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430WLPG

02-24-2012 19:13:32
184.95.27.26



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 Re: Load binder: ratcheting vs. non ratcheting in reply to Ralph Bauer, 02-23-2012 20:56:05  
Get some of both, but you'll like the overcenter better along with a cheater pipe, they work pretty good if your a big guy



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Ralph Bauer

02-24-2012 21:07:32
75.107.19.224



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 Re: Load binder: ratcheting vs. non ratcheting in reply to 430WLPG, 02-24-2012 19:13:32  
Hahaha, too kind to a big guy like me...(six five and 295)...thanks for the advice!



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marloweg

02-24-2012 19:12:30
207.118.166.127



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 Re: Load binder: ratcheting vs. non ratcheting in reply to Ralph Bauer, 02-23-2012 20:56:05  
over center!and a 5 ft. pipe a lot faster.ratcheting suck in winter rust and freezing



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1206SWMO

02-24-2012 16:55:09
67.142.179.20



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 Re: Load binder: ratcheting vs. non ratcheting in reply to Ralph Bauer, 02-23-2012 20:56:05  
Call me lucky but I"ve used over center load binders for 45 years now with no problems....Believe it or not I"ve also had the same cheater pipe for those 45 years...When I lose it I"m done..

I do know several people that let a cheater pipe get away and are now missing some front teeth..



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showcrop

02-24-2012 16:18:46
75.67.231.80



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 Re: Load binder: ratcheting vs. non ratcheting in reply to Lloyd in South Carolina, 02-23-2012 20:56:05  
One draw back to the ratcheting type is that in dusty conditions they can get bound up to where you can't get them to move either way. Other than that they are generally preferred to the over center type.



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jddriver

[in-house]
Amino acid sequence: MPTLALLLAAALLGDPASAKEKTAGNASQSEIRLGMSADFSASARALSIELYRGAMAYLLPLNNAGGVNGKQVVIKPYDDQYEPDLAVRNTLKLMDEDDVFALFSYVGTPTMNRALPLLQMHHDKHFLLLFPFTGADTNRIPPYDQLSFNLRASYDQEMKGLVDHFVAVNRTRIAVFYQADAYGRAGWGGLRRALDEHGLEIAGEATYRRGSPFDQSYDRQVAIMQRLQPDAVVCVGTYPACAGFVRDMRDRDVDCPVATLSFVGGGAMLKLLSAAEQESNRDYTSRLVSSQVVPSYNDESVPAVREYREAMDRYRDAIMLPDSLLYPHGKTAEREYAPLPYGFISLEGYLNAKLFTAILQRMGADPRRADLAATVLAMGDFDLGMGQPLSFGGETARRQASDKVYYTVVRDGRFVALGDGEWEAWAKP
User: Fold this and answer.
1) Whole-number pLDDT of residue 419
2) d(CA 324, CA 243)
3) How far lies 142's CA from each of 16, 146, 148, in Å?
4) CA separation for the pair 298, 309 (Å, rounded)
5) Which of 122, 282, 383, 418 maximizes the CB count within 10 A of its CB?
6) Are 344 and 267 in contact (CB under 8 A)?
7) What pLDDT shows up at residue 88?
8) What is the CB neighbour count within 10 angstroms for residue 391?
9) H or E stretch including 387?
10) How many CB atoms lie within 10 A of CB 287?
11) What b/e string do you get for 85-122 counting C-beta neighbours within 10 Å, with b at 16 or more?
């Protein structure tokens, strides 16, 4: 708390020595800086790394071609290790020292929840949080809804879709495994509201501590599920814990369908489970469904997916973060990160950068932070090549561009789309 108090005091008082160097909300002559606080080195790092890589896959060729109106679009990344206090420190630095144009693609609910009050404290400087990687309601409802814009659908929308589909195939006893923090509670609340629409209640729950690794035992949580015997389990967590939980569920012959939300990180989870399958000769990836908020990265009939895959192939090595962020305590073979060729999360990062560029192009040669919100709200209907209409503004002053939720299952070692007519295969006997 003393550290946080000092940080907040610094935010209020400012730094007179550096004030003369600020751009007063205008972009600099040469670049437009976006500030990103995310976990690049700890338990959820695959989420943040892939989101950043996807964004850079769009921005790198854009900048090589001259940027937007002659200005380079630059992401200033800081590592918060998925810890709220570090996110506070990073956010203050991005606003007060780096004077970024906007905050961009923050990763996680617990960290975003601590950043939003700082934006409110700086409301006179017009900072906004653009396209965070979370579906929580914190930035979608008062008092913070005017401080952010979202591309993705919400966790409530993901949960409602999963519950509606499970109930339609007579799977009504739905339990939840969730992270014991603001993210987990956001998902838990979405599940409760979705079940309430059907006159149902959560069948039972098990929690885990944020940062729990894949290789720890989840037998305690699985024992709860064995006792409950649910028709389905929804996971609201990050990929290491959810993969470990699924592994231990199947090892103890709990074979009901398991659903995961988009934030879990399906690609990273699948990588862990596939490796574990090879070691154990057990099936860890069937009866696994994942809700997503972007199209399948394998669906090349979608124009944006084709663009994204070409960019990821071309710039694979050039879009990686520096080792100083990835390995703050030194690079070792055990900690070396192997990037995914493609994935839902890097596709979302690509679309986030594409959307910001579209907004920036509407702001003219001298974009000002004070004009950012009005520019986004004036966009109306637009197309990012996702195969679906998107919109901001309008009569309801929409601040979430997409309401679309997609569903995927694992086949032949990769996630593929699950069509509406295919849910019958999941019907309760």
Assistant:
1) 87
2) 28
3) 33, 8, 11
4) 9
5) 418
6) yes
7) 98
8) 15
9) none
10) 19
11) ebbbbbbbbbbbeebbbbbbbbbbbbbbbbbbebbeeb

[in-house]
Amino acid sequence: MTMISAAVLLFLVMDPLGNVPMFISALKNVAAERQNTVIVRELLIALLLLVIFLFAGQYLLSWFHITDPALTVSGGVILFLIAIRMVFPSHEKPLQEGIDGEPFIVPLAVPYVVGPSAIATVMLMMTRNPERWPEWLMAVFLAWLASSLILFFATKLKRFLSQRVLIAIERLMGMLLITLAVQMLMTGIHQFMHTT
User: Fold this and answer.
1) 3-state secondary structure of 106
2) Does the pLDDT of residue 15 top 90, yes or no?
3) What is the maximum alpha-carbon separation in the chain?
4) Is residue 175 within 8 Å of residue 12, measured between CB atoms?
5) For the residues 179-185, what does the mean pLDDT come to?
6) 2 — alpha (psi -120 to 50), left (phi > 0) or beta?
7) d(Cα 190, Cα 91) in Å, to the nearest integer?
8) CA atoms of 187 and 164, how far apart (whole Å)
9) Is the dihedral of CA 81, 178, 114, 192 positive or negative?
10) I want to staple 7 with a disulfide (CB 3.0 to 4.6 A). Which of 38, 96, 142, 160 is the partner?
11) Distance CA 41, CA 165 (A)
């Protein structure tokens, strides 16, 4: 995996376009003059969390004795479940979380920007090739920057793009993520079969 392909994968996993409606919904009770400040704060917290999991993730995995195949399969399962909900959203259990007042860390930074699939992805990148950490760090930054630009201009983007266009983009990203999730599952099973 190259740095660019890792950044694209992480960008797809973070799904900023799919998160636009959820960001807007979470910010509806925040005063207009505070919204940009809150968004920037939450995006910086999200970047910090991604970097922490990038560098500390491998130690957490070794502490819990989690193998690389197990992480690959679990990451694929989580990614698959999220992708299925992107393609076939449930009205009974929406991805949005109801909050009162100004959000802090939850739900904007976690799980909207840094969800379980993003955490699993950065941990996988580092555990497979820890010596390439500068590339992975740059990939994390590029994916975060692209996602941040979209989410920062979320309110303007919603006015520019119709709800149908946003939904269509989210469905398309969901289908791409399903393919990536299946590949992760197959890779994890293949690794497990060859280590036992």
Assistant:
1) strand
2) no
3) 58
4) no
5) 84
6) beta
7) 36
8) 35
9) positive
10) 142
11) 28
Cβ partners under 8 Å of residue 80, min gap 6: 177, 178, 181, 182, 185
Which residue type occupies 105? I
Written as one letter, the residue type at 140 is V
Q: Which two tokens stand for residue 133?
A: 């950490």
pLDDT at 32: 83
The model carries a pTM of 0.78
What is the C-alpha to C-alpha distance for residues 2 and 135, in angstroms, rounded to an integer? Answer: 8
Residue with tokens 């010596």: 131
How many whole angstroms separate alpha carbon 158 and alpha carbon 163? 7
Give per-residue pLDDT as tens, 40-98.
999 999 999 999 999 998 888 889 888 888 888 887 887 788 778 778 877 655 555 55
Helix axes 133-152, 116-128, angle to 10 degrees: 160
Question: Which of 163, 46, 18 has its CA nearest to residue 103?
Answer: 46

02-24-2012 18:06:16
108.79.58.170



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 Re: Load binder: ratcheting vs. non ratcheting in reply to showcrop, 02-24-2012 16:18:46  
I dont know that they are preferred but the screw type are deffinitely harder to use and less convienent.I dont like them been doing this for 35 years



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old

02-24-2012 13:48:30
209.86.226.19



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 Re: Load binder: ratcheting vs. non ratcheting in reply to Ralph Bauer, 02-23-2012 20:56:05  
I use and have used both in the past 30 plus years I have been a trucker. I prefer to use both types at the same time. The over center ones go on first then the ratcheting one goes on so as to add the load to the over center type. I also tie ALL the over center type so they can not come unlocked. Now if I where going to go out and buy a bunch of them new I would only buy the ratcheting type since they hold better and you can get them tighter then the over center type and in the long run safer for both the load and the person working with them

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Super Trucker

02-24-2012 13:25:48
99.23.113.86



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 Re: Load binder: ratcheting vs. non ratcheting in reply to Ralph Bauer, 02-23-2012 20:56:05  
Check your local laws . Here it is not legal to haul a rubber tire machine with snap binders. After I had a snap binder explode on me and cutting a 2"GASH on my head I promptly took a torch to every one I owned!!! I then went and bought ratchet binders. Oh not to mention watching the cheater pipe go flying after it slips from your hands .



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jddriver

02-24-2012 18:08:16
108.79.58.170



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 Re: Load binder: ratcheting vs. non ratcheting in reply to Super Trucker, 02-24-2012 13:25:48  
over center binders are still legal.Who ever told you that has not read the green book.



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smallercrawler

02-24-2012 09:31:54
166.82.254.181



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 Re: Load binder: ratcheting vs. non ratcheting in reply to Ralph Bauer, 02-23-2012 20:56:05  
Ratcheting!!